Health and Social Care: engagement must be more than a tick box exercise
The warning follows a parliamentary inquiry into the extent to which the public, service users, the third sector and independent sector are being involved effectively in the work of IAs.
In its report published today, the Committee found a lack of consistency in stakeholder engagement across IAs, that are now in their second year of operation across Scotland.
The committee heard evidence from a range of organisations including Alzheimer Scotland, the Coalition of Carers, the Royal College of Physicians and RCN Scotland.
While some areas of good practice were cited on stakeholder engagement, the committee heard concerns over engagement being ‘tokenistic’, ‘overly top down’ and ‘just communicating decisions that had already been made’.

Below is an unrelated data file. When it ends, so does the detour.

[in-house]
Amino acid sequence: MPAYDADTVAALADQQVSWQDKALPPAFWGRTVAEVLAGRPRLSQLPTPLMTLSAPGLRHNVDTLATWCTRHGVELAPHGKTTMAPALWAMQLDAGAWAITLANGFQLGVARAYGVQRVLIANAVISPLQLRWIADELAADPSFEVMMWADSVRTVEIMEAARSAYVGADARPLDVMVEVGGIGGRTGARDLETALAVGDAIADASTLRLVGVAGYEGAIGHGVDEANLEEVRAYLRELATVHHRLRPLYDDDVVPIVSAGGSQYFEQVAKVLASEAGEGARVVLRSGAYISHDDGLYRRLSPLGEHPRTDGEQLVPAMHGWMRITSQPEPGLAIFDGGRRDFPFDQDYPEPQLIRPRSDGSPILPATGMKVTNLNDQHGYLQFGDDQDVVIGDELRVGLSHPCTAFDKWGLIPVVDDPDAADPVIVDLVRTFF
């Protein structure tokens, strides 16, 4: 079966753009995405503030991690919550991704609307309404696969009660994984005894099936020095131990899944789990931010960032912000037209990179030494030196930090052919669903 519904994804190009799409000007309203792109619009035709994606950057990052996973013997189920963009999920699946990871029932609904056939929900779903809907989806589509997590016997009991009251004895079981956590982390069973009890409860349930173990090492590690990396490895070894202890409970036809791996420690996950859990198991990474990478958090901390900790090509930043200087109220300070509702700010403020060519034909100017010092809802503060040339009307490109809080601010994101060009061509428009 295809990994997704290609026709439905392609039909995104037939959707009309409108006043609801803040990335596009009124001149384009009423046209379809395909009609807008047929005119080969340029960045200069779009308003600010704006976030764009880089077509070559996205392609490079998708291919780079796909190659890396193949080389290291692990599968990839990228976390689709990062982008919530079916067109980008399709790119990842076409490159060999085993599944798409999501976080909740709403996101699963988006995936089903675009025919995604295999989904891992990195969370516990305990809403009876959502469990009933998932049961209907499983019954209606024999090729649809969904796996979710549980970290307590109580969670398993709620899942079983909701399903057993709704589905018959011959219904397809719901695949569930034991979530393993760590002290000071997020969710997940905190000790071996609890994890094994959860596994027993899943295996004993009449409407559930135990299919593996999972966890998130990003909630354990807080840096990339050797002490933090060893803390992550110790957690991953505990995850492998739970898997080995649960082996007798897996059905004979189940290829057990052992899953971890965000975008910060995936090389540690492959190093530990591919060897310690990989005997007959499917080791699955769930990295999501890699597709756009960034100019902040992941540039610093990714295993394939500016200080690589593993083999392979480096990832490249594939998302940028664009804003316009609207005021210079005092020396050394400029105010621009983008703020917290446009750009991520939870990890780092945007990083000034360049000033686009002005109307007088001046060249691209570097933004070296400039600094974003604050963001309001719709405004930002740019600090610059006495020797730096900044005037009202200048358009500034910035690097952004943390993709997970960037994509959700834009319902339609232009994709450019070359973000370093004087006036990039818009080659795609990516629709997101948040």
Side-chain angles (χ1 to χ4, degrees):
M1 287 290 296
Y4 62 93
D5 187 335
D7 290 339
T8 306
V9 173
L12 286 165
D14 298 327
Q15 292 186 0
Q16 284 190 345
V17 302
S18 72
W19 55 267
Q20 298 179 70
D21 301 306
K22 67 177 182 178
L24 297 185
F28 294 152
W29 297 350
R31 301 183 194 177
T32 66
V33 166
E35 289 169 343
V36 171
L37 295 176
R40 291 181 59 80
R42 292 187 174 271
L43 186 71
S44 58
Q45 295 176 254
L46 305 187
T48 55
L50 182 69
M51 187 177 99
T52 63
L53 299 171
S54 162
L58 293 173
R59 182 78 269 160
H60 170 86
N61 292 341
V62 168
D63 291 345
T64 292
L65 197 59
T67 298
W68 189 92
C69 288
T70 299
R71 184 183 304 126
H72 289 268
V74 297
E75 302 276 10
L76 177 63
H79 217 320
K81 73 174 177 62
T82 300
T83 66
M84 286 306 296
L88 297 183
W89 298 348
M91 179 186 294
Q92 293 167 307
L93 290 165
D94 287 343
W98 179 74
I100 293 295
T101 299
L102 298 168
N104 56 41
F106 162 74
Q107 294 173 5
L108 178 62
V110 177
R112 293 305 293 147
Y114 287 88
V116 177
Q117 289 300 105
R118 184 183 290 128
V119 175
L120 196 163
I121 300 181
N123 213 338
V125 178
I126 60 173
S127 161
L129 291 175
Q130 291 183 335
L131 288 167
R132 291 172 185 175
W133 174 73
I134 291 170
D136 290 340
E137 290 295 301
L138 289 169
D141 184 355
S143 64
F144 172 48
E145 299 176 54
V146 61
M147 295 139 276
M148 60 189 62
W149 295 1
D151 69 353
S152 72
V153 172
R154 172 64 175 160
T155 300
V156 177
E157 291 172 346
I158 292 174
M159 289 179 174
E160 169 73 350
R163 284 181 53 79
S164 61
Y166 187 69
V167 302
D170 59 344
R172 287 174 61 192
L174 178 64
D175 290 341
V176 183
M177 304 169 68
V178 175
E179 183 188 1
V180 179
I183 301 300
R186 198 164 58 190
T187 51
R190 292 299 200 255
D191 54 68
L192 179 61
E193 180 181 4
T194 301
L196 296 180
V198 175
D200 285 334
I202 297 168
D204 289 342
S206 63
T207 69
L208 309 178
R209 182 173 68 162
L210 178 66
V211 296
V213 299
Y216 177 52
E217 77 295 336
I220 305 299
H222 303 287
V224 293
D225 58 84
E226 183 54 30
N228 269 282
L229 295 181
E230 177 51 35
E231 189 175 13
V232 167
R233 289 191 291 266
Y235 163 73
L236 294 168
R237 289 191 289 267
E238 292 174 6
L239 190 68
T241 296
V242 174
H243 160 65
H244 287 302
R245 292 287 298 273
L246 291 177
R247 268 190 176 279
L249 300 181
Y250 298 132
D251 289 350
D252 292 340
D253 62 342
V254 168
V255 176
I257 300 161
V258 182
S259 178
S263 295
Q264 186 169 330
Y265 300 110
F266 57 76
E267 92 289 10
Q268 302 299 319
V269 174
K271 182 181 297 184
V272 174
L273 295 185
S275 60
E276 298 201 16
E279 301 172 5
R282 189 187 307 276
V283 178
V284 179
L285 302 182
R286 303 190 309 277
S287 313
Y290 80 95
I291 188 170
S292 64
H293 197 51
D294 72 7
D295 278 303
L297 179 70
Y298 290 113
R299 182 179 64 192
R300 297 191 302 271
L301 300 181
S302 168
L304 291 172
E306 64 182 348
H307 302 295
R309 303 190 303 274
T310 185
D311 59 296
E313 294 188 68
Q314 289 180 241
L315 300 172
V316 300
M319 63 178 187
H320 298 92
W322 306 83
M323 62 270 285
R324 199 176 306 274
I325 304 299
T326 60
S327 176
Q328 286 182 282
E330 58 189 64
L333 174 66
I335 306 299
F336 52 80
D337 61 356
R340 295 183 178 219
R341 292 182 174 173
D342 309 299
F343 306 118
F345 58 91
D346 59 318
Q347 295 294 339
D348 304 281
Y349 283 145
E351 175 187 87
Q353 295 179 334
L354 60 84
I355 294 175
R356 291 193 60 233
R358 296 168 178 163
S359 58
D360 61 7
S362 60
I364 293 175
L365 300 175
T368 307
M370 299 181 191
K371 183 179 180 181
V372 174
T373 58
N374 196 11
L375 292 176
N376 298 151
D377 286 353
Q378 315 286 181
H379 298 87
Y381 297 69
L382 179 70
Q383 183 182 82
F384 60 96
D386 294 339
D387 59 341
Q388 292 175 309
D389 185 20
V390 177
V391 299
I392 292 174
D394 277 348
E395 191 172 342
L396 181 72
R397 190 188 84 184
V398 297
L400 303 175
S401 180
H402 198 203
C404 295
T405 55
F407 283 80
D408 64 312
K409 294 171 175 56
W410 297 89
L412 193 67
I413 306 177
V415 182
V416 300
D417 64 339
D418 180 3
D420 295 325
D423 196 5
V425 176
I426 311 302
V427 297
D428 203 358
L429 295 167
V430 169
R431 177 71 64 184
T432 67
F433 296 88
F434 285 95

The Committee believes a piecemeal approach to engagement with stakeholders cannot continue, and that meaningful engagement is fundamental to the successful integration of health and social care services.
Health and Sport Committee convener Neil Findlay MSP said: “We are now two years into the operation of IAs and they are clearly not working as intended. Too often we heard evidence from communities and health professionals saying this is not meaningful engagement, and a tick box approach is being applied.
“This needs to be fixed.
“IAs have to deliver fundamental changes to the way local health and care services are planned and delivered. This requires people in communities not only to understand and support the approach taken but to be involved meaningfully in the process.
“Our Committee believes public engagement could be improved by having a dedicated community development staff member in each IA.
“Our report asks the Scottish Government how it could encourage and support this approach, and we look forward to its response.”